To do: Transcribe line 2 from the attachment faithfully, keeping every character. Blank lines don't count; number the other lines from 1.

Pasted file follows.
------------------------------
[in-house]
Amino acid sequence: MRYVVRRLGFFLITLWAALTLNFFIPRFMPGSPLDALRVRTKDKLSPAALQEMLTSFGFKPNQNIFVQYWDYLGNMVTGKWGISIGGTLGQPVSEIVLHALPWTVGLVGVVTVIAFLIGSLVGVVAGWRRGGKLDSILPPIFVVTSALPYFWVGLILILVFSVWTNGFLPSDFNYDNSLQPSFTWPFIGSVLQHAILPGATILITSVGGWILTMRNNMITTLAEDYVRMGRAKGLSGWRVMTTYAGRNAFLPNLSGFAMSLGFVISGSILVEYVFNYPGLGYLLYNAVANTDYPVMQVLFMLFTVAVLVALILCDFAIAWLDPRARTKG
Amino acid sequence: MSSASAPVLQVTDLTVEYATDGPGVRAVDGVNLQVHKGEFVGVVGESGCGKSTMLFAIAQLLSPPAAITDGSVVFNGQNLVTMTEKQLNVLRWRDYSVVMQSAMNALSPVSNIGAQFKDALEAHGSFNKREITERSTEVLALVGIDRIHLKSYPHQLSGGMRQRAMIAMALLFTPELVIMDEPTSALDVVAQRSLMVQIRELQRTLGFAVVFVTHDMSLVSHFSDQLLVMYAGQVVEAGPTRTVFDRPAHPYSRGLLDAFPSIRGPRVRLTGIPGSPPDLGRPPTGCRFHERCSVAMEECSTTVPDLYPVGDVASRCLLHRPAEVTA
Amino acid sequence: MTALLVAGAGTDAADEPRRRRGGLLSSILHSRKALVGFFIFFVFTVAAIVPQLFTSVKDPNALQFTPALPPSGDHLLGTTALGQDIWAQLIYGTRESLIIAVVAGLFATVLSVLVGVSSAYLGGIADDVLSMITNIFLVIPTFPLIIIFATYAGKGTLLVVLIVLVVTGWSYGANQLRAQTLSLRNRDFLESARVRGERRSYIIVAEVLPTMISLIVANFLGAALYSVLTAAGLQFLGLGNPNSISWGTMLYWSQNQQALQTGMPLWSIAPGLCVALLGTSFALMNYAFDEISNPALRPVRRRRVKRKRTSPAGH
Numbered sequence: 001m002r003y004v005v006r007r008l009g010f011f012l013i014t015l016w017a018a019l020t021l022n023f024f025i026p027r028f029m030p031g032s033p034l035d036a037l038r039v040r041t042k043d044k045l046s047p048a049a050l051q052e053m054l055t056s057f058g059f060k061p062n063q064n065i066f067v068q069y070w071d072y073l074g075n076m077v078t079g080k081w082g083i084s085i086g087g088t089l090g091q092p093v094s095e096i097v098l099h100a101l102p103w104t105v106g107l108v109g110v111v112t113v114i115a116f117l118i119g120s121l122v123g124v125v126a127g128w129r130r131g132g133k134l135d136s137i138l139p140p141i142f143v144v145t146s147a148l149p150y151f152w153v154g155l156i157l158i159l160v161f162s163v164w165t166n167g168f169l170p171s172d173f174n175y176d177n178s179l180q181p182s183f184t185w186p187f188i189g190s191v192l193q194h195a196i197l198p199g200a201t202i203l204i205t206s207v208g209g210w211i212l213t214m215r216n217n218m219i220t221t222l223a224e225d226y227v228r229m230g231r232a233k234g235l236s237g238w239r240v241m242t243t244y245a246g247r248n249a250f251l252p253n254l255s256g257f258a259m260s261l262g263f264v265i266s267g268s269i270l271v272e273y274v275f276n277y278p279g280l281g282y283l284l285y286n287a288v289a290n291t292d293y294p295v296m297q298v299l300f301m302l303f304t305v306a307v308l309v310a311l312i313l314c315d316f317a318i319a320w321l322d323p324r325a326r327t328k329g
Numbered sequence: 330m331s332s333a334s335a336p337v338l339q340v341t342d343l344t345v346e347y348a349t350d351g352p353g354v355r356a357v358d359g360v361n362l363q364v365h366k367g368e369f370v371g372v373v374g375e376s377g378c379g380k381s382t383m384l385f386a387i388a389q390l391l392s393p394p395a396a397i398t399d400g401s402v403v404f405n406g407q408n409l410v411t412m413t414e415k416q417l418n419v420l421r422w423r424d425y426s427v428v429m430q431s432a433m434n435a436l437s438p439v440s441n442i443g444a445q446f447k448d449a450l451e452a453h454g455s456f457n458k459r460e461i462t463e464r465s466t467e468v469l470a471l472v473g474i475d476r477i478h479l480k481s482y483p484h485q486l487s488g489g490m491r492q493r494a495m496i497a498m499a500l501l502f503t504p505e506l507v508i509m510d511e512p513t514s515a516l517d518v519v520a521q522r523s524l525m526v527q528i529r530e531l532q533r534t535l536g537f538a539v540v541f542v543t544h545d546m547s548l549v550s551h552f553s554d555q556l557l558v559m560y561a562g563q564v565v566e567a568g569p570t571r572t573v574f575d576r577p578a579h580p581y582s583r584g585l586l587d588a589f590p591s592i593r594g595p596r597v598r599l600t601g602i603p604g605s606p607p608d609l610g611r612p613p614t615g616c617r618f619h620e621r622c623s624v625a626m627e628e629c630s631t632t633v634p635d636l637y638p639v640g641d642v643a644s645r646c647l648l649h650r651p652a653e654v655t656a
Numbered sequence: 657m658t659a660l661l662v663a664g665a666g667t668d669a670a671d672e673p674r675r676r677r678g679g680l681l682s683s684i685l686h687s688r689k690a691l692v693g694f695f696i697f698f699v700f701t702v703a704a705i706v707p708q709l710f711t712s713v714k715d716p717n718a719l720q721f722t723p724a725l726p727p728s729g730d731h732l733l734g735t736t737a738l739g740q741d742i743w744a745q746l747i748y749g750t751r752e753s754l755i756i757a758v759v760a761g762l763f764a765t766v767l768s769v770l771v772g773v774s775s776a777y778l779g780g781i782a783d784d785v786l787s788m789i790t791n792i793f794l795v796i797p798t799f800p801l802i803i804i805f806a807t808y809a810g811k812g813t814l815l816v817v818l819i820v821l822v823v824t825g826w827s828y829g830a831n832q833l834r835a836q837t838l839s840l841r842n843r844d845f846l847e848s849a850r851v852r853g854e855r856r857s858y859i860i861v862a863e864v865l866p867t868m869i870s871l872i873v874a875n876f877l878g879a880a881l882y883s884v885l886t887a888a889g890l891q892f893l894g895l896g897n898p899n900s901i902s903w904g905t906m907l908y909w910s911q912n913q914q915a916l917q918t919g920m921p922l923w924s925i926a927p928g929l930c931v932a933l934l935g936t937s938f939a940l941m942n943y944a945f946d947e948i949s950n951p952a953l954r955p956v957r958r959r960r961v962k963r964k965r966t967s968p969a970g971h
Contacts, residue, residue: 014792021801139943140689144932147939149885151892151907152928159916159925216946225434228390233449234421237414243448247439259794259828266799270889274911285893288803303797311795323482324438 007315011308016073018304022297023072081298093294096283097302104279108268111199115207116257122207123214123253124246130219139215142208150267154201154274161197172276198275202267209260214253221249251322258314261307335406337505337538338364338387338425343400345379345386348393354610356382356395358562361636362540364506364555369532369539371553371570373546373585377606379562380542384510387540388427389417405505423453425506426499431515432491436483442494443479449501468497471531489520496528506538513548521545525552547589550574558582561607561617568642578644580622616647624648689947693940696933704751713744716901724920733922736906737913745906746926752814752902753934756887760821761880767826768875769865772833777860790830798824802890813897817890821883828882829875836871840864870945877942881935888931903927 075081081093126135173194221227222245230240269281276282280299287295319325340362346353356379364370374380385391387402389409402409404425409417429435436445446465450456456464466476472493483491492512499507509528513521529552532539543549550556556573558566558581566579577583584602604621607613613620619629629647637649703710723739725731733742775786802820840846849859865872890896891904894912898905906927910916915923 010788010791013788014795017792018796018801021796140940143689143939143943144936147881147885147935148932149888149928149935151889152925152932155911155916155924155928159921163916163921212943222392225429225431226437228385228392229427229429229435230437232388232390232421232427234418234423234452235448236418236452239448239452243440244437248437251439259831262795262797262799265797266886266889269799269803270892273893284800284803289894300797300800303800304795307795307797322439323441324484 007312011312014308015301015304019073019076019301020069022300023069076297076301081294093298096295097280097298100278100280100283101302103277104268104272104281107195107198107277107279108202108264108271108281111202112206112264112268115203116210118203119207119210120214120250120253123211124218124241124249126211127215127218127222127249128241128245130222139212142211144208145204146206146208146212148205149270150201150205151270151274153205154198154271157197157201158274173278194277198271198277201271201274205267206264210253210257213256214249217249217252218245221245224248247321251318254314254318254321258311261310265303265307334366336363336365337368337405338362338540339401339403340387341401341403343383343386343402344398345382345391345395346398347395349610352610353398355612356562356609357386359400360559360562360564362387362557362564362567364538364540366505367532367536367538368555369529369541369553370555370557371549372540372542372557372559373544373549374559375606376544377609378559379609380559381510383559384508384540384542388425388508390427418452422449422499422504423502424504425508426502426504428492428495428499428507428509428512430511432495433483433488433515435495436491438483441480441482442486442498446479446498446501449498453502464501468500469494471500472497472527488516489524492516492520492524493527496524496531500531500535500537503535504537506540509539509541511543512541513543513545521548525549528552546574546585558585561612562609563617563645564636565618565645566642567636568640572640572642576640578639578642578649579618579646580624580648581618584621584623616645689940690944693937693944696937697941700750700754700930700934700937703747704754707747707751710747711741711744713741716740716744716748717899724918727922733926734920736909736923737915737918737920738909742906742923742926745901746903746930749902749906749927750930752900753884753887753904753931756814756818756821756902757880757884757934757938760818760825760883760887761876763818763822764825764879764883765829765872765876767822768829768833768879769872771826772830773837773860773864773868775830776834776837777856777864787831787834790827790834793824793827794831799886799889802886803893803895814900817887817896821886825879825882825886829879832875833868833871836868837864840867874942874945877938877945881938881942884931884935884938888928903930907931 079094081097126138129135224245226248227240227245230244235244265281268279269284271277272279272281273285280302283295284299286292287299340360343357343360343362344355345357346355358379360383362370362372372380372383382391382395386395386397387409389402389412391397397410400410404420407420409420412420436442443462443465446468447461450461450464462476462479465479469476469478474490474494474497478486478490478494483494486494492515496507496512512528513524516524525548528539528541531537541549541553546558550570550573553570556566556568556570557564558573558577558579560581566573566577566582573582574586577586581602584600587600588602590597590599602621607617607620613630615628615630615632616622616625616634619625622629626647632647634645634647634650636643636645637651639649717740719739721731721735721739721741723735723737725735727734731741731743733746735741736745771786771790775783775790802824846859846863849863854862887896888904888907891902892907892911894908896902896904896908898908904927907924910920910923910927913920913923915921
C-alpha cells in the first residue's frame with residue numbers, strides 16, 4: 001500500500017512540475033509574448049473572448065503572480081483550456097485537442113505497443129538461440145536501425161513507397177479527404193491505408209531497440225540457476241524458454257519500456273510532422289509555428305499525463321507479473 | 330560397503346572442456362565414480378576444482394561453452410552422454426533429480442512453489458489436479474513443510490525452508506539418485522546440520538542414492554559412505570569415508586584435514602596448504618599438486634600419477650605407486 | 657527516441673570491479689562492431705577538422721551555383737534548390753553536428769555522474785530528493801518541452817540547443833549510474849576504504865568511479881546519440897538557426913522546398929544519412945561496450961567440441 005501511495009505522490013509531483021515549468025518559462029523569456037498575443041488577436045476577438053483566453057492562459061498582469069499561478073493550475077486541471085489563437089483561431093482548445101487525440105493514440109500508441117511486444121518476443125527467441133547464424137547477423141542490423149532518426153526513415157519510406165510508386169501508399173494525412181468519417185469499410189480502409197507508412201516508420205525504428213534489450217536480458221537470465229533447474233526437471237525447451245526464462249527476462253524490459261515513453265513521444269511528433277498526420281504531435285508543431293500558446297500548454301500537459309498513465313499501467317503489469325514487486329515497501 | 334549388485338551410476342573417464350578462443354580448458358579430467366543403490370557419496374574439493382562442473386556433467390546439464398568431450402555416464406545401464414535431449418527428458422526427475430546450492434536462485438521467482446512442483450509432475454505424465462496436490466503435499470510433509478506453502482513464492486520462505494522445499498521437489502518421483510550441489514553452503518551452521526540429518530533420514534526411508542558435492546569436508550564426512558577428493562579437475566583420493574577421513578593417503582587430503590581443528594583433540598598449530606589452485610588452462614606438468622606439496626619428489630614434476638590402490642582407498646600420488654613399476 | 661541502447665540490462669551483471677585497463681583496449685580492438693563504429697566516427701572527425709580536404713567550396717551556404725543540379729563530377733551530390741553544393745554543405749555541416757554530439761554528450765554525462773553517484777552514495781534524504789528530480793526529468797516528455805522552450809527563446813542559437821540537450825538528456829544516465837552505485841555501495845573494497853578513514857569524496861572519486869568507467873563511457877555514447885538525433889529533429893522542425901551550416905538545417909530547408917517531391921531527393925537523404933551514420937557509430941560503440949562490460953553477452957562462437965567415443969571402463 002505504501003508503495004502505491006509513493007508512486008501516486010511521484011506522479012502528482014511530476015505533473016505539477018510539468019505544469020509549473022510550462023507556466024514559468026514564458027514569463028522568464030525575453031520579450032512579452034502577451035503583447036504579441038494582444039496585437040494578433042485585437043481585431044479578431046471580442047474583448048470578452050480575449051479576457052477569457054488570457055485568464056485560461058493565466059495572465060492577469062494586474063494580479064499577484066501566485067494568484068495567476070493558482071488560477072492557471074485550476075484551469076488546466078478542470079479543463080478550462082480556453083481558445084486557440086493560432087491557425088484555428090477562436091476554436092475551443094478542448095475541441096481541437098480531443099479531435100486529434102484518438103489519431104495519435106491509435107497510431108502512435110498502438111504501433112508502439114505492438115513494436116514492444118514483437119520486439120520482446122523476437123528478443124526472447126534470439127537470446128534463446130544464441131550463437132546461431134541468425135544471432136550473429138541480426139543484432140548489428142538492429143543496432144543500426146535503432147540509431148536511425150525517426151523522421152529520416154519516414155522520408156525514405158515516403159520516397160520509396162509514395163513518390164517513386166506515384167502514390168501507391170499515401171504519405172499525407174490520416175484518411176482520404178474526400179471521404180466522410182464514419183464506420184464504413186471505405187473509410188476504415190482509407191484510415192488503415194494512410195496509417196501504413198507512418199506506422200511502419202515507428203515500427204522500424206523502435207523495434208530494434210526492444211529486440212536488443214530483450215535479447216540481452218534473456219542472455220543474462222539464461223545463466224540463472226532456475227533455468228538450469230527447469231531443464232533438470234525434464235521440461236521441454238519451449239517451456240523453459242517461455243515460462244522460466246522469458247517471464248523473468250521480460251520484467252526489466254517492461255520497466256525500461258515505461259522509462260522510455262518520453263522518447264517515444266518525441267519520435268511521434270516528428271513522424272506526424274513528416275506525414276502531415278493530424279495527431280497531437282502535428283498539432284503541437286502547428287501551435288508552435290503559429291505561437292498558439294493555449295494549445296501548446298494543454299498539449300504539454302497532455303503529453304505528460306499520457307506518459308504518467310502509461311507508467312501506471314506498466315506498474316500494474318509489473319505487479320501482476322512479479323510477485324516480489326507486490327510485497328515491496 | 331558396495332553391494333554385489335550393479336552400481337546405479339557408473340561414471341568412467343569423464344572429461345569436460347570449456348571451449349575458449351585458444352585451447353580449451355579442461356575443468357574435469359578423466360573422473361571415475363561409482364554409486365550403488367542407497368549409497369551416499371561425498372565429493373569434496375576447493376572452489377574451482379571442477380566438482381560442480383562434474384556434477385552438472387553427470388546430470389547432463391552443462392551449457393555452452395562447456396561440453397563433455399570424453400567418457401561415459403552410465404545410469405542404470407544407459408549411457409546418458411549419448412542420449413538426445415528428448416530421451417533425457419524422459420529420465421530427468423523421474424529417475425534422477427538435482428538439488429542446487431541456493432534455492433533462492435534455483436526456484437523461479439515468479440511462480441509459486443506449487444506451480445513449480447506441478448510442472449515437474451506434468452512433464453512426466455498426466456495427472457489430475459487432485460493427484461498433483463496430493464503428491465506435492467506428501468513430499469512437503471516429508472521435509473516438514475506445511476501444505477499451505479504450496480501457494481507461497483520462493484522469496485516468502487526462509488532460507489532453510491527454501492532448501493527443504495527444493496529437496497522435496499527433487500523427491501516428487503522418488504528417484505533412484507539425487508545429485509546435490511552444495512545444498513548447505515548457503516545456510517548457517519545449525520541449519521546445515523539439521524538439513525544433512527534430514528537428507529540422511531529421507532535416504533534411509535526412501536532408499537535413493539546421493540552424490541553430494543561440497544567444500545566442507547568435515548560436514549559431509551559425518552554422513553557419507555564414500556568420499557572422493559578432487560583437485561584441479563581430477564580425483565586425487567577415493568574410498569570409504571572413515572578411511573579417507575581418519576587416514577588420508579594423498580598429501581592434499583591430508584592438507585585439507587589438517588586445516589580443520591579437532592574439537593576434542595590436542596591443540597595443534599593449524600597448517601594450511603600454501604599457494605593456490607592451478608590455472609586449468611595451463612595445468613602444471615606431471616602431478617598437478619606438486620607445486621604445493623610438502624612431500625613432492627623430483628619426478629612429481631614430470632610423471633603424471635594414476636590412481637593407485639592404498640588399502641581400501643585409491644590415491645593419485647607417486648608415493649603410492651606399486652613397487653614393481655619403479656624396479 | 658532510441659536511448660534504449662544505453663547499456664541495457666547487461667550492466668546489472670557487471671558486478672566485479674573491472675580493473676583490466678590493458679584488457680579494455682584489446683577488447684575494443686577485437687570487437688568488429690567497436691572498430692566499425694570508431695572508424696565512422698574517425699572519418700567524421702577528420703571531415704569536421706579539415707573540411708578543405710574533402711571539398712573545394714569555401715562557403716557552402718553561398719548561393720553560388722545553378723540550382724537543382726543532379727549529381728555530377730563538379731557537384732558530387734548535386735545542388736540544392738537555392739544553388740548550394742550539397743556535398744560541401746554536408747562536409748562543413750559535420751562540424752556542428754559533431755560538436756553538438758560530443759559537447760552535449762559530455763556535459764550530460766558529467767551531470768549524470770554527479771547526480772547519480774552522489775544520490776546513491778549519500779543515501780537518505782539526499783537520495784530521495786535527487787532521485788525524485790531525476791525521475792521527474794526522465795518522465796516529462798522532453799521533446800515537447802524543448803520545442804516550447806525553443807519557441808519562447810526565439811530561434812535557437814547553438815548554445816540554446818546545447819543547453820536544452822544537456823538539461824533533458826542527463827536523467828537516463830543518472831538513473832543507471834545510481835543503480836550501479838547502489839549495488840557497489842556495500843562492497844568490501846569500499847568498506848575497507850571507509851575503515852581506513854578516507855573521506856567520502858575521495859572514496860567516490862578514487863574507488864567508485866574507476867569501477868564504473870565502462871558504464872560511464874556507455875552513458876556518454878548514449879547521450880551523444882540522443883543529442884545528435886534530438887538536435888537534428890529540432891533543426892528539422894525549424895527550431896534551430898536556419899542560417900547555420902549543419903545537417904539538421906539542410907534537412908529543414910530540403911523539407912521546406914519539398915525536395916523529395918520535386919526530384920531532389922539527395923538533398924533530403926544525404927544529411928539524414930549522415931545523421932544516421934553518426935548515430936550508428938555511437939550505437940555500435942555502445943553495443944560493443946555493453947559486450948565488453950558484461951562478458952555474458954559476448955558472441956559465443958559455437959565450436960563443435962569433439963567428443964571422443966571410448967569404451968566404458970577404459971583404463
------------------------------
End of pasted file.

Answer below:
Amino acid sequence: MRYVVRRLGFFLITLWAALTLNFFIPRFMPGSPLDALRVRTKDKLSPAALQEMLTSFGFKPNQNIFVQYWDYLGNMVTGKWGISIGGTLGQPVSEIVLHALPWTVGLVGVVTVIAFLIGSLVGVVAGWRRGGKLDSILPPIFVVTSALPYFWVGLILILVFSVWTNGFLPSDFNYDNSLQPSFTWPFIGSVLQHAILPGATILITSVGGWILTMRNNMITTLAEDYVRMGRAKGLSGWRVMTTYAGRNAFLPNLSGFAMSLGFVISGSILVEYVFNYPGLGYLLYNAVANTDYPVMQVLFMLFTVAVLVALILCDFAIAWLDPRARTKG